IOWA CITY, Ia. — There’s no denying loyalty is hard to find in today’s game, especially among assistant coaches.
The almighty dollar has caused so much turnover ratio with head coaches and their staff, that job stability has become an issue in College football. However, Iowa doesn’t seem to have those problems, and some of Coach Kirk Ferentz’s assistants have been by his side for over a decade.
Phil Parker is one of those individuals, and he’s been on the Hawkeyes’ staff since 1999, including the past 10 seasons as their Defensive Coordinator. Not only does Parker annually field one of the nation’s best defenses, but he also accomplishes it with different regimes. That’s because he’s a natural at filling voids, and plugging pieces in the right place. Thanks to Parker, it’s almost as if the Hawkeyes don’t rebuild on defense, but instead reload.
The Ohio native also does extensive work with the secondary. Which shouldn’t come as a surprise, considering Parker is a former Michigan State defensive back. He understands the speed, physicality and depth it takes to be an effective defense in the Big Ten. Not to mention Iowa’s defense led the nation with a jaw-dropping, 25 interceptions last season. The Hawkeyes also finished third in the conference and 17th in the FBS in total defense.
Iowa fans fear sustaining that type of success year in and year out will catch the attention of other programs wanting Parker’s services. Some would probably like to give Parker his first head coaching opportunity. While others may offer him a heftier salary at the same position. Regardless of the matter, Parker has stayed put in Iowa City. His loyalty to the program is that deep. After all, Parker’s previous job was at Toledo, and he was there for 11 seasons. So he doesn’t regret being with the Hawkeyes for this long, especially with the landscape of the sport constantly changing.
“When I first came here, I knew that coaches stayed here a long period of time, and for my family I thought that was best,” Parker said. “In the coaching profession I’ve seen a lot of guys leave their jobs due to financial situations, and other things like getting fired, so to me it’s about staying in the same situation.”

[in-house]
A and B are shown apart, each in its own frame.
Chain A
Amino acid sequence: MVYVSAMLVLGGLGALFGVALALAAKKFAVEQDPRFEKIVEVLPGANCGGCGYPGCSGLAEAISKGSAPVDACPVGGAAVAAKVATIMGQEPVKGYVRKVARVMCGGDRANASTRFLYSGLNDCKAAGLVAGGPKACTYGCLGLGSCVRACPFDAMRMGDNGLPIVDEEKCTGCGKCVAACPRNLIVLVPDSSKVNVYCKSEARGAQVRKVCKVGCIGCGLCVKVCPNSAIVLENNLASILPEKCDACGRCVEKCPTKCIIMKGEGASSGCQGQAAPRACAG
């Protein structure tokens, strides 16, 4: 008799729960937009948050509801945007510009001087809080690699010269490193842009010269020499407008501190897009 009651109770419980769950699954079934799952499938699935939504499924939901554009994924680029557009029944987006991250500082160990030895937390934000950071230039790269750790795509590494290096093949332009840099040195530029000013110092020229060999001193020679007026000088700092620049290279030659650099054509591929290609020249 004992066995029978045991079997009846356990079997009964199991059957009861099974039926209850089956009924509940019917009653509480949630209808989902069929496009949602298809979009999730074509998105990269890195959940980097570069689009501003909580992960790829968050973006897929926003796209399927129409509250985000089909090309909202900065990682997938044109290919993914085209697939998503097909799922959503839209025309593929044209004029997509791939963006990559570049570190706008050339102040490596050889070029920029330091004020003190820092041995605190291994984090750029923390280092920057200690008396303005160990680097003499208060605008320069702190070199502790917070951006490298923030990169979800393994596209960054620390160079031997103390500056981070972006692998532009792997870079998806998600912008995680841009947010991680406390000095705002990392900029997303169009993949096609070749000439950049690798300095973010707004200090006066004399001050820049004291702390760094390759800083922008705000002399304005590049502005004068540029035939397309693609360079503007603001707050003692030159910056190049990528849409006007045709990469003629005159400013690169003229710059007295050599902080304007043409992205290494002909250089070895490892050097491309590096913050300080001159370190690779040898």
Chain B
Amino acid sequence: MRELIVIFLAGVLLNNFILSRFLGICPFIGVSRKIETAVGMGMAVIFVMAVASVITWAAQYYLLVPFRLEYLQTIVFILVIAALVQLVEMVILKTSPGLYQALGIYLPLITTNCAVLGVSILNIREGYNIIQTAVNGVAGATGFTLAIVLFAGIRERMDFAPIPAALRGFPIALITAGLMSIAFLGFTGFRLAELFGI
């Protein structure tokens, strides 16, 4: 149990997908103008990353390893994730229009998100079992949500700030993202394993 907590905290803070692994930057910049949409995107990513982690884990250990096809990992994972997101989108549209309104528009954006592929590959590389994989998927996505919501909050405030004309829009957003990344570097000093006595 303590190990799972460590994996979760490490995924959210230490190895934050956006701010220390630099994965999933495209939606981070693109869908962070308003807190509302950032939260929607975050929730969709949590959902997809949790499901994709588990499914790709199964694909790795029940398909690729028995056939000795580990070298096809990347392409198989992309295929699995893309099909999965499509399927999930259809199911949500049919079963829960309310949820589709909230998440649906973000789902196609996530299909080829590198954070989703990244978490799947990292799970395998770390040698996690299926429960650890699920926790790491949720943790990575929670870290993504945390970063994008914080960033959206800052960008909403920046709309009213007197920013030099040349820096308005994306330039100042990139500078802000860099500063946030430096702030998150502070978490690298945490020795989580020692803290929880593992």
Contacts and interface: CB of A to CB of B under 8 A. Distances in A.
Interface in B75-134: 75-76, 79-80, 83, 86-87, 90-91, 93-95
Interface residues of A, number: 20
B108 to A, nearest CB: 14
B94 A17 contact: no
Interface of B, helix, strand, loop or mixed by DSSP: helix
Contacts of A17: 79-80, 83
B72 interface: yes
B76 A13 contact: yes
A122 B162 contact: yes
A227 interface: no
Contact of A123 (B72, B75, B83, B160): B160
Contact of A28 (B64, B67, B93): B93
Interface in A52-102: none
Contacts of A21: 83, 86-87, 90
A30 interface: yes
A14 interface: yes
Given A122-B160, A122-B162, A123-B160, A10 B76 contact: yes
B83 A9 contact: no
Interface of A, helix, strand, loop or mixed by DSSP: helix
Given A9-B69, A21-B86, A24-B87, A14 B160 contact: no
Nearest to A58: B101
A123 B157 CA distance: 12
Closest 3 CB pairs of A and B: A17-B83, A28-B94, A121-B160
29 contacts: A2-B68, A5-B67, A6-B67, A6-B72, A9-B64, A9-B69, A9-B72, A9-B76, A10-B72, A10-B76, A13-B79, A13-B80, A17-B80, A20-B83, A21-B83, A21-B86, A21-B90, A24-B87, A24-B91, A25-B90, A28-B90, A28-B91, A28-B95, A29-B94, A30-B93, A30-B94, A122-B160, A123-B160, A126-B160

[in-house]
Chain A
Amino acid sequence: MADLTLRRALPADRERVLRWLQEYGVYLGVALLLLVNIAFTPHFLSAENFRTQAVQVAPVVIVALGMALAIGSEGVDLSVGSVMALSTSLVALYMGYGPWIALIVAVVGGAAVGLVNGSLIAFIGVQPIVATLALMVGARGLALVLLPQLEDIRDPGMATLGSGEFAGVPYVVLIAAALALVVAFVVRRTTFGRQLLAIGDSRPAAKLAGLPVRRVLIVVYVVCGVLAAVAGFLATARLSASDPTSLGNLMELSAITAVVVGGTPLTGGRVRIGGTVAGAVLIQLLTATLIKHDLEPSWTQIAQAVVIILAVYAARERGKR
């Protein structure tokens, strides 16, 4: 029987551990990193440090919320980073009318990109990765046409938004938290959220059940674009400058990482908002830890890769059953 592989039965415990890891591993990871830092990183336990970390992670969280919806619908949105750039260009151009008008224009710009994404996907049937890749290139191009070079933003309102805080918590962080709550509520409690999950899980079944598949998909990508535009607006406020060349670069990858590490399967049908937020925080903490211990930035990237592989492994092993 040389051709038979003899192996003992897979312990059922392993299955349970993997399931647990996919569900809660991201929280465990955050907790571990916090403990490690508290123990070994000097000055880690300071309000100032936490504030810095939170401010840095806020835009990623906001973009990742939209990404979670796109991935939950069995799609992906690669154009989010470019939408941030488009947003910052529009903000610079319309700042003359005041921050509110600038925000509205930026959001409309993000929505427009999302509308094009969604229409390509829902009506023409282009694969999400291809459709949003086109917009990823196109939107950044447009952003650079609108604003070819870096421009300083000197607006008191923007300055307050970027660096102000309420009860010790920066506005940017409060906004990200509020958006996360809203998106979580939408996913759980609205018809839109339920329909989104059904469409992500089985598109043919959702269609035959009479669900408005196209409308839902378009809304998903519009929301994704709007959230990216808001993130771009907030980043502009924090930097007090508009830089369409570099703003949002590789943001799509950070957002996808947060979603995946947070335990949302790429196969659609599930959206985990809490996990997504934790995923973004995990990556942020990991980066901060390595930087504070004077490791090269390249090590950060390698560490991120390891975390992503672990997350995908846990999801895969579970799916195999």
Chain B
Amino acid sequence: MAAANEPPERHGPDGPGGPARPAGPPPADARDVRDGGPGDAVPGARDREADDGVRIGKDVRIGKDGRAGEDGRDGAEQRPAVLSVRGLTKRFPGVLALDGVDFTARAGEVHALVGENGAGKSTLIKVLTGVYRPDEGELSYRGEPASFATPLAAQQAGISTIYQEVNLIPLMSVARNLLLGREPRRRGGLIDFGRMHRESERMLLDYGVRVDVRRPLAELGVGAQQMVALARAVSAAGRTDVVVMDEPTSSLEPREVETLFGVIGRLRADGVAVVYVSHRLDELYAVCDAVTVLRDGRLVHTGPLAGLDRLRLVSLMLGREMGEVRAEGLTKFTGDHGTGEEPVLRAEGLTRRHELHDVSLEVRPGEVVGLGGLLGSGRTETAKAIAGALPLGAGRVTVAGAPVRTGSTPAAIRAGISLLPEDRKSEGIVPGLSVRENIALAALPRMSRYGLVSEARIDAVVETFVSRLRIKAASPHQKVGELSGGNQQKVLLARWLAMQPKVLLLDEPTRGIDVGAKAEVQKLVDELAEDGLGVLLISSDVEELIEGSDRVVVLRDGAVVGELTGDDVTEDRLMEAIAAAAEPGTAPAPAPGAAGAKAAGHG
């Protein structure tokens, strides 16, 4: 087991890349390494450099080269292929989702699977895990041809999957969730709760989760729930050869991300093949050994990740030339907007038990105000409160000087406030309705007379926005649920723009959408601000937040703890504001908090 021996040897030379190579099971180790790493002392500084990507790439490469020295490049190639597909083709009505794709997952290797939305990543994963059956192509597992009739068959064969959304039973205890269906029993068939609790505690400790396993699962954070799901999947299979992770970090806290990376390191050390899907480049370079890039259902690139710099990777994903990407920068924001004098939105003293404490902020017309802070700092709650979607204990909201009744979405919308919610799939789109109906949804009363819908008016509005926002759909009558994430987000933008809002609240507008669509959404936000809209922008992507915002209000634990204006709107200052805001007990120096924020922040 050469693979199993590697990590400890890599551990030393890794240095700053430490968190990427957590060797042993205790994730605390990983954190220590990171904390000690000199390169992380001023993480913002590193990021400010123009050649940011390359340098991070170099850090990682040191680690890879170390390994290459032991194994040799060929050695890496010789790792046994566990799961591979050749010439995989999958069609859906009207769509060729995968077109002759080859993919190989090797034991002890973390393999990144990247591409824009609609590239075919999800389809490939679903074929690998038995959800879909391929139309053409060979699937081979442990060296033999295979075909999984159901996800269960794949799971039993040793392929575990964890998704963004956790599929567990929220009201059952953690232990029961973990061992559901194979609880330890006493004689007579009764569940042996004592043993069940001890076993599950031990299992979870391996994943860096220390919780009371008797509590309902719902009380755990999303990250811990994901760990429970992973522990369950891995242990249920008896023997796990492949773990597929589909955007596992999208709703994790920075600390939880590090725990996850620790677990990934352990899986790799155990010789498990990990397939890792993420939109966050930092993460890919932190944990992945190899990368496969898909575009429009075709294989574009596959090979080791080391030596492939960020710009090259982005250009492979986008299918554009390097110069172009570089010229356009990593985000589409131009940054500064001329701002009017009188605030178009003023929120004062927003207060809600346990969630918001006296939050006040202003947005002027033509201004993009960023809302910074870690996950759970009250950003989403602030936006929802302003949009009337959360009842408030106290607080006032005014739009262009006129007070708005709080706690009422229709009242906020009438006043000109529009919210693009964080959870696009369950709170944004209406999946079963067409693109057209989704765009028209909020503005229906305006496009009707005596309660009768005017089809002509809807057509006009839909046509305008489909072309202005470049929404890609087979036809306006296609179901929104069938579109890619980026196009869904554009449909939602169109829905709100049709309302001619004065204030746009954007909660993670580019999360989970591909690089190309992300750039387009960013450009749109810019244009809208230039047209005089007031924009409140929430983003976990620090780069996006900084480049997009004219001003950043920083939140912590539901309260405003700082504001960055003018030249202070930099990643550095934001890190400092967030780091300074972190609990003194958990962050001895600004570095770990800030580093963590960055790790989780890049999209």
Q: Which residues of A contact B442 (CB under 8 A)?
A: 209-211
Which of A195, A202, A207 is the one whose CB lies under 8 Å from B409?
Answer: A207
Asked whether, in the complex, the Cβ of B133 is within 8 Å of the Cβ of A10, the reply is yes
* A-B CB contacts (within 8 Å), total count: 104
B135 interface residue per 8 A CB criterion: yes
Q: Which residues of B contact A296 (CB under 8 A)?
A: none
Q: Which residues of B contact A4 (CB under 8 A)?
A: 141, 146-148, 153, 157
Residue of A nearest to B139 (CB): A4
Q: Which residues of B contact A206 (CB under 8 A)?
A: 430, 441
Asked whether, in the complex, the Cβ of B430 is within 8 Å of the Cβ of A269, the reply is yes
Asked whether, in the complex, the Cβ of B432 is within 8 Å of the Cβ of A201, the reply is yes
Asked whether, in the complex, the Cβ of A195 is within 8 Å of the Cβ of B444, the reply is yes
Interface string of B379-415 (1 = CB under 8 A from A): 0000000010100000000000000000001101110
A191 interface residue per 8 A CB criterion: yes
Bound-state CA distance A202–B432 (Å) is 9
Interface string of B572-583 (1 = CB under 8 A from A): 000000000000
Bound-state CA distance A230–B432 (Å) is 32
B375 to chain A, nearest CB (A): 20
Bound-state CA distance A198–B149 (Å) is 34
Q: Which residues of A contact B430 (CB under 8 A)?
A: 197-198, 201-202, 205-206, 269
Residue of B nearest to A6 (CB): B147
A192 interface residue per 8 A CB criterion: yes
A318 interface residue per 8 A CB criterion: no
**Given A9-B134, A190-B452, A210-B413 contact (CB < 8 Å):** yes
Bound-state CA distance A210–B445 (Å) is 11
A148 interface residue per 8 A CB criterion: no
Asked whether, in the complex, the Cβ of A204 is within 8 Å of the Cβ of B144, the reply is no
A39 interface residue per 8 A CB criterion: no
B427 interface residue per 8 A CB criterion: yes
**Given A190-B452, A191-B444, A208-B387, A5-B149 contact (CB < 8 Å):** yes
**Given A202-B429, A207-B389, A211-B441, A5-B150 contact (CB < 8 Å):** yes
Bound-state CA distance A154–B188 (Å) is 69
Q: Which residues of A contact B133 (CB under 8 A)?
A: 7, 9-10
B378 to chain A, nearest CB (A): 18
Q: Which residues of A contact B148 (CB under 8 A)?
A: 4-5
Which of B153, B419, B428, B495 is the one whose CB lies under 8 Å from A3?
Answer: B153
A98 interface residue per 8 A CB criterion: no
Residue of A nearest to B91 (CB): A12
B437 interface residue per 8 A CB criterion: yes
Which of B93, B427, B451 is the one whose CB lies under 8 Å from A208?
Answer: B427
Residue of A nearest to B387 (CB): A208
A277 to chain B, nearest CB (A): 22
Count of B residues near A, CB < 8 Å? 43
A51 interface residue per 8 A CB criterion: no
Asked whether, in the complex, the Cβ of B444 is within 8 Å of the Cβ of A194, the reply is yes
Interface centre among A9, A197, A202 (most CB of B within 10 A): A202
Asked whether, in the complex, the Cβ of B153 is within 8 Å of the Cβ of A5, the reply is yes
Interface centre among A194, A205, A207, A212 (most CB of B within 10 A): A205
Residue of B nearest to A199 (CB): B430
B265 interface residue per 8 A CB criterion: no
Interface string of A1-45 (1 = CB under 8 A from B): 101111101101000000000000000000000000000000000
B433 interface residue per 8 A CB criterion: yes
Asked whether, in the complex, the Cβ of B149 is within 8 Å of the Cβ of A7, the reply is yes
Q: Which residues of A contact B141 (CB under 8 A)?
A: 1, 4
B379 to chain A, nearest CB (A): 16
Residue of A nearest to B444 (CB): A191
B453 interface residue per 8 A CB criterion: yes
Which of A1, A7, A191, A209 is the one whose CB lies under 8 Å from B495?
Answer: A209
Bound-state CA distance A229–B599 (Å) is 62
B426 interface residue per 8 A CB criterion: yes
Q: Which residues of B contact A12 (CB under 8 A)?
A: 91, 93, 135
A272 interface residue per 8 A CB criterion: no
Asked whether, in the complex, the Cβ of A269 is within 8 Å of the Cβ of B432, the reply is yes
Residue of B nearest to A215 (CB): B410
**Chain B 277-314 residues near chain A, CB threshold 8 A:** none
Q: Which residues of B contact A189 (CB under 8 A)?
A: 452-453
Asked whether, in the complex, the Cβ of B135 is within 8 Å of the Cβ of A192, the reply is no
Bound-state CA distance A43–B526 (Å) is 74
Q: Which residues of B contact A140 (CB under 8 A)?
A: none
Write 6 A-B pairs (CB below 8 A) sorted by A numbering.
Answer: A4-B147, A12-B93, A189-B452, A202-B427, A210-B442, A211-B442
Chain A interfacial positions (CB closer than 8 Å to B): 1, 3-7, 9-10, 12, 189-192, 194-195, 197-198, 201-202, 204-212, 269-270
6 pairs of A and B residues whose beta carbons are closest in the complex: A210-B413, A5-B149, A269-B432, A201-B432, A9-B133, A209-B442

He’s all about familiarity and would never make a decision based solely on himself. Parker knows the potential damage a job change could have on his personal and family life. It would definitely impact his time away from the field. At this point for the 59-year old, it would be too much to try and start over somewhere else. In Parker’s eyes, if it ain’t broke, than don’t try to fix it, and Iowa is like his second home.
“I’ve got one of the best coaches in the country to work for and I think that’s part of it,” he said. “You got to make sure that you’re happy where you’re at.”
Ferentz knows Parker’s value to his program. That’s why Parker received a huge bump in salary last month, which was long overdue. Now he’s going to make more than a million this fall, and will be worth every penny to Iowa fans if the defense is elite again as projected.
Parker is an architect at putting defenders in the right place to make plays, which makes him a defensive guru. He has displayed an eye for talent, but also knows how to mold three-star prospects into All-Big Ten performers. The numbers don’t lie, and the Hawkeyes have had 17 defenders selected in the NFL Draft since Parker’s been orchestrating the defense.
It’s mind-boggling that Parker hasn’t won the Frank Broyles Award for his consistency. He could care less about individual hardware though, because the team comes first and foremost. At the end of the day, Parker is comfortable and satisfied, and for him that’s priceless.
“I’m very pleased with being here, it’s been a great opportunity for me.”